The Ontario government has announced it will raise minimum wage to $15 an hour by 2019. Currently minimum hourly wage in Ontario is $11.40. The announcement has been widely applauded by poverty and employment…
Canadian real estate prices are still at record highs, but there has been a shift in the market that has some Canadians wondering what’s going to happen next. Let’s quickly recap on some recent happenings before we update you on the current market conditions:
New income splitting tax cuts have been implemented by the Conservatives for families with children. Will you benefit? Read on for the full story.
The Canadian government recently unveiled plans to implement a bail-in, which would force creditors to forgive some of the biggest corporate debts. It’s good news for taxpayers, who no longer need to foot the bill – but such a move has dinged our country’s overall credit rating.
No one can see the future – which is why it’s fortunate that insurance products exist to keep your family, home and valuables safe in a worst case scenario. But why must peace of mind come with so much paperwork?
Looks like the Bank of Canada has been a tad too optimistic about the government’s willingness to spend – and that recent belt-tightening measures will amount to a 0.2 per cent drag on our country’s GDP growth.
Spain is the latest EU nation to be bailed out – to the tune of 100 billion Euros. While the news caused an increase in investor confidence, what are the implications of such a move for the European economy – and Canada’s as well? Is this a signal that Europe’s financial woes should be increasingly considered a “global problem”?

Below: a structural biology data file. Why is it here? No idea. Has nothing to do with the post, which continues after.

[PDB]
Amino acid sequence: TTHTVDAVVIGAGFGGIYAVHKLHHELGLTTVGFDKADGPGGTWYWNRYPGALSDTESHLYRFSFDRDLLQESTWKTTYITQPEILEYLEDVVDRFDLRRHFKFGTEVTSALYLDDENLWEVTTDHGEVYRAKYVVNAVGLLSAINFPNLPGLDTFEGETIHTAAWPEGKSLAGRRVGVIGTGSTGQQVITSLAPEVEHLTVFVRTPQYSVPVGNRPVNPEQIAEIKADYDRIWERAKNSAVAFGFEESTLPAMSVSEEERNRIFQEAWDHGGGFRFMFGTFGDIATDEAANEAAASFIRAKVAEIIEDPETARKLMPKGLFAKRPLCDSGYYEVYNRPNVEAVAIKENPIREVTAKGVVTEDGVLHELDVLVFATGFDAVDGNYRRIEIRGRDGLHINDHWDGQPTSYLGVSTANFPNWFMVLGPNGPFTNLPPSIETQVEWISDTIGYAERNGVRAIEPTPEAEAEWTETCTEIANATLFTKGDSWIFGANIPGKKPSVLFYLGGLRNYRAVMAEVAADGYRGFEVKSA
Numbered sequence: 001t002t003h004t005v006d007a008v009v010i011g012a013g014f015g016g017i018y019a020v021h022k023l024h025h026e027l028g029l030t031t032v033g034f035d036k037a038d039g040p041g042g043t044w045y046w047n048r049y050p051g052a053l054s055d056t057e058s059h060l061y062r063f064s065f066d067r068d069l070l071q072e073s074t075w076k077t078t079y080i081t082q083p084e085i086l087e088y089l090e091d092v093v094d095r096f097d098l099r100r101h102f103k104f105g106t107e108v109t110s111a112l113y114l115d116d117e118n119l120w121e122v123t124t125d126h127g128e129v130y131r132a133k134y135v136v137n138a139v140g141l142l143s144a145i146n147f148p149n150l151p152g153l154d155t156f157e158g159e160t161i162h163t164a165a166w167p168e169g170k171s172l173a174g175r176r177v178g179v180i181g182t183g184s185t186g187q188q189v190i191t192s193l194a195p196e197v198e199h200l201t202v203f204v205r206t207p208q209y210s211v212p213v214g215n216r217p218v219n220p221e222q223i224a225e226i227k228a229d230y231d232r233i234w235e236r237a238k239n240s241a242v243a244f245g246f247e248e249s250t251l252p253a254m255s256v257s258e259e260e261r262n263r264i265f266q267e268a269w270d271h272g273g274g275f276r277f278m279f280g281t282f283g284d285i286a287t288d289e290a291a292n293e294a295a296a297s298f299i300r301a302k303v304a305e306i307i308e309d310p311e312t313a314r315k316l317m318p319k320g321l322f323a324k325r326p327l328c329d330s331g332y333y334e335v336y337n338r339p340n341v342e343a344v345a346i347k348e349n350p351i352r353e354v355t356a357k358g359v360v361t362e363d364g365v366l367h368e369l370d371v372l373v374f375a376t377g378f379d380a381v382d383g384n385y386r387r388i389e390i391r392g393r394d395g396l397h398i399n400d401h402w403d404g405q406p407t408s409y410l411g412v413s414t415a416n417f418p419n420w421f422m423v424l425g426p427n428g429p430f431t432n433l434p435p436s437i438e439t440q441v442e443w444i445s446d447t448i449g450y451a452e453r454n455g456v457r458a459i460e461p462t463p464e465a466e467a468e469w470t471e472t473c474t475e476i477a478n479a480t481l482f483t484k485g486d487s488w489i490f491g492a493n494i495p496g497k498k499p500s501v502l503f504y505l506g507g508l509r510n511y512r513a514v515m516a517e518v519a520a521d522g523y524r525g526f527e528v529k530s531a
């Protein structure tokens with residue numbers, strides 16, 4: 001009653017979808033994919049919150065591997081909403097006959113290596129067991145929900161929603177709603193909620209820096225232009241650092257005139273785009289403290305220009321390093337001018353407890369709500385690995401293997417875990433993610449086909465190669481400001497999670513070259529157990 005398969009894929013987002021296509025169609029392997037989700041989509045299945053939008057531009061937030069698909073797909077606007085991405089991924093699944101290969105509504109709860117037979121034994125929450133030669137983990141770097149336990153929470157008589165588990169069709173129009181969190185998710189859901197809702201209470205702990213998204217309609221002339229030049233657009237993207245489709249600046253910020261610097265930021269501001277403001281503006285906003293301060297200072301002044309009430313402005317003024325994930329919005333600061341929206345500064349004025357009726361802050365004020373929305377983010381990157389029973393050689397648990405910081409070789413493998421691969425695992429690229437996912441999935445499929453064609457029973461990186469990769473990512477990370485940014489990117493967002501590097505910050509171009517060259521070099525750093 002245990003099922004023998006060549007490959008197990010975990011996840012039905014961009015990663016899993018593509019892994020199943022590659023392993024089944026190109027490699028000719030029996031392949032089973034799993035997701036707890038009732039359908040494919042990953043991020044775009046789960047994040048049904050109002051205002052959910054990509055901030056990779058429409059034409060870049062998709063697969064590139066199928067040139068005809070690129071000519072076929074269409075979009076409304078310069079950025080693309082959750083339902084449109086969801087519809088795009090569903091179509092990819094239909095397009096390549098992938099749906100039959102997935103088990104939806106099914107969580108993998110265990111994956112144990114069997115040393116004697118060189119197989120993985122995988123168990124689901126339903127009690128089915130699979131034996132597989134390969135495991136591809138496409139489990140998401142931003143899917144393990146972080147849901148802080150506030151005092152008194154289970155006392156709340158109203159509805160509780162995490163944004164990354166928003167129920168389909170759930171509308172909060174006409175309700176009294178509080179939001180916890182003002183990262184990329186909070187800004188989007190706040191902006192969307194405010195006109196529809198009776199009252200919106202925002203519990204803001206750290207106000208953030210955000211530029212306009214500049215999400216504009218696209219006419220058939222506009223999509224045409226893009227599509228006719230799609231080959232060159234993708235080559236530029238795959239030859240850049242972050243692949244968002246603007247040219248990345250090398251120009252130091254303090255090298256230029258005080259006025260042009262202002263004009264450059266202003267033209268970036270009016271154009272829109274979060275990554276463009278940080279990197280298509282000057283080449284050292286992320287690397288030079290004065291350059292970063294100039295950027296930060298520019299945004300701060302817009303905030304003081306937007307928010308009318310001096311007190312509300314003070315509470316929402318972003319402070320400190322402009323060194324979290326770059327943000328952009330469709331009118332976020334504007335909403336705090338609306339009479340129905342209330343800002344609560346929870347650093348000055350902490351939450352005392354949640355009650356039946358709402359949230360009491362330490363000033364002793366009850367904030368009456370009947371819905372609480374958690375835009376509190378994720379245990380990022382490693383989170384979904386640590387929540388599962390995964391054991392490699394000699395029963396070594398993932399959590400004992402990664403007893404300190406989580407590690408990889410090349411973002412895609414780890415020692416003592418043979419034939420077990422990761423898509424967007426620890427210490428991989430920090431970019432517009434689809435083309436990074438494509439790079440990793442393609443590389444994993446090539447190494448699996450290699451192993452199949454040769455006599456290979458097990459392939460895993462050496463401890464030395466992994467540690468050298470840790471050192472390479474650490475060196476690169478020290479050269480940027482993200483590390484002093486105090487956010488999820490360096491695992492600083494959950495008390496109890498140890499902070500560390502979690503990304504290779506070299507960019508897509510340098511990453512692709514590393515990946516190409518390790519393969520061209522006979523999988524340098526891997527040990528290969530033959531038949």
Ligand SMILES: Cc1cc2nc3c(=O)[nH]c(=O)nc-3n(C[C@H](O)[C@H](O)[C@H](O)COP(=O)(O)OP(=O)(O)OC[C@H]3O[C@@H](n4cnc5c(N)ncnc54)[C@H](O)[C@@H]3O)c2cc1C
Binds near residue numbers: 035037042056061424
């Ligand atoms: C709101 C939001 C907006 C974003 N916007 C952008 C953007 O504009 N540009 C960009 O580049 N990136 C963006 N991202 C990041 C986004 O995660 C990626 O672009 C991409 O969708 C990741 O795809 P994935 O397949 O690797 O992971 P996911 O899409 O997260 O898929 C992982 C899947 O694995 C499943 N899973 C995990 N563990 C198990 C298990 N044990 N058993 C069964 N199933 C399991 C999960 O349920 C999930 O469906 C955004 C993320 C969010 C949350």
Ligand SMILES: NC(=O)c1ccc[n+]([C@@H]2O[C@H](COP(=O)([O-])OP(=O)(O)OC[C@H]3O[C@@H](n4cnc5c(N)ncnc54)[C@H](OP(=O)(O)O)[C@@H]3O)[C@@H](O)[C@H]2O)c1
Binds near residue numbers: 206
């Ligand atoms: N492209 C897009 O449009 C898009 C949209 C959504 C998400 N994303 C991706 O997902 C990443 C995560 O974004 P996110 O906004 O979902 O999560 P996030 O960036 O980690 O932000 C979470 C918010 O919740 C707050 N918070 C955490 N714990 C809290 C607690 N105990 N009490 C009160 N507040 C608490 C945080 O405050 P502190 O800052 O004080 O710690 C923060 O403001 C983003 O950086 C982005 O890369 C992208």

Government of Canada bonds continue to be attractive to investors internationally and on the home front. What does this mean for mortgage rates? Our Expert Mortgage Rate Outlook Panel discusses the impact of lowered bond yields.
May’s been a busy month for Government of Canada 5 Year Benchmark Bond Yields – they’re currently sitting at the lowest rate in 4 months! Why all the activity? Global markets are the main factor behind these levels. As uncertainty continues to plague global economic markets, both Canadian and international investors are turning to the resilient Canadian marketplace – and Government-backed bonds.
Canadian real estate developments have been getting a lot of attention from foreign investors lately. Considering how affordable developments here seem compared to those in Paris or London, it’s no wonder the Land of the Brave is seen as a safe haven. But does this spell trouble for Canada’s housing market? Is jacked-up inflation feeding a potential housing bubble? And will it cause Canada to follow in Australia’s footsteps and prohibit purchases from abroad?